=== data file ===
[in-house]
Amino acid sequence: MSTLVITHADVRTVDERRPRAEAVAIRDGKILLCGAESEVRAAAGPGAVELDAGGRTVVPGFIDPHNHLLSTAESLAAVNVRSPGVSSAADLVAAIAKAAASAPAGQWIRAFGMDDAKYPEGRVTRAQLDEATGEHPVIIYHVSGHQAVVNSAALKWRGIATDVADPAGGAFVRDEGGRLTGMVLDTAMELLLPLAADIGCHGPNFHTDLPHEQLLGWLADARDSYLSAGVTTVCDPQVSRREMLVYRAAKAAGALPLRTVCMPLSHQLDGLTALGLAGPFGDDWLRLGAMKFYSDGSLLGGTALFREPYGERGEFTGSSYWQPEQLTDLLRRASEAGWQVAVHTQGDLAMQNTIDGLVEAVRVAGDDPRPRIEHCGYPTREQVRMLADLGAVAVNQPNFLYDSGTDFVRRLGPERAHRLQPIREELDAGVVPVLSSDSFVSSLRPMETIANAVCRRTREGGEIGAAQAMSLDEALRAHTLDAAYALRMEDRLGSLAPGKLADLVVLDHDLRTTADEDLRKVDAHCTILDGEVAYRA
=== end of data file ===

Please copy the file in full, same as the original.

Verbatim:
[in-house]
Amino acid sequence: MSTLVITHADVRTVDERRPRAEAVAIRDGKILLCGAESEVRAAAGPGAVELDAGGRTVVPGFIDPHNHLLSTAESLAAVNVRSPGVSSAADLVAAIAKAAASAPAGQWIRAFGMDDAKYPEGRVTRAQLDEATGEHPVIIYHVSGHQAVVNSAALKWRGIATDVADPAGGAFVRDEGGRLTGMVLDTAMELLLPLAADIGCHGPNFHTDLPHEQLLGWLADARDSYLSAGVTTVCDPQVSRREMLVYRAAKAAGALPLRTVCMPLSHQLDGLTALGLAGPFGDDWLRLGAMKFYSDGSLLGGTALFREPYGERGEFTGSSYWQPEQLTDLLRRASEAGWQVAVHTQGDLAMQNTIDGLVEAVRVAGDDPRPRIEHCGYPTREQVRMLADLGAVAVNQPNFLYDSGTDFVRRLGPERAHRLQPIREELDAGVVPVLSSDSFVSSLRPMETIANAVCRRTREGGEIGAAQAMSLDEALRAHTLDAAYALRMEDRLGSLAPGKLADLVVLDHDLRTTADEDLRKVDAHCTILDGEVAYRA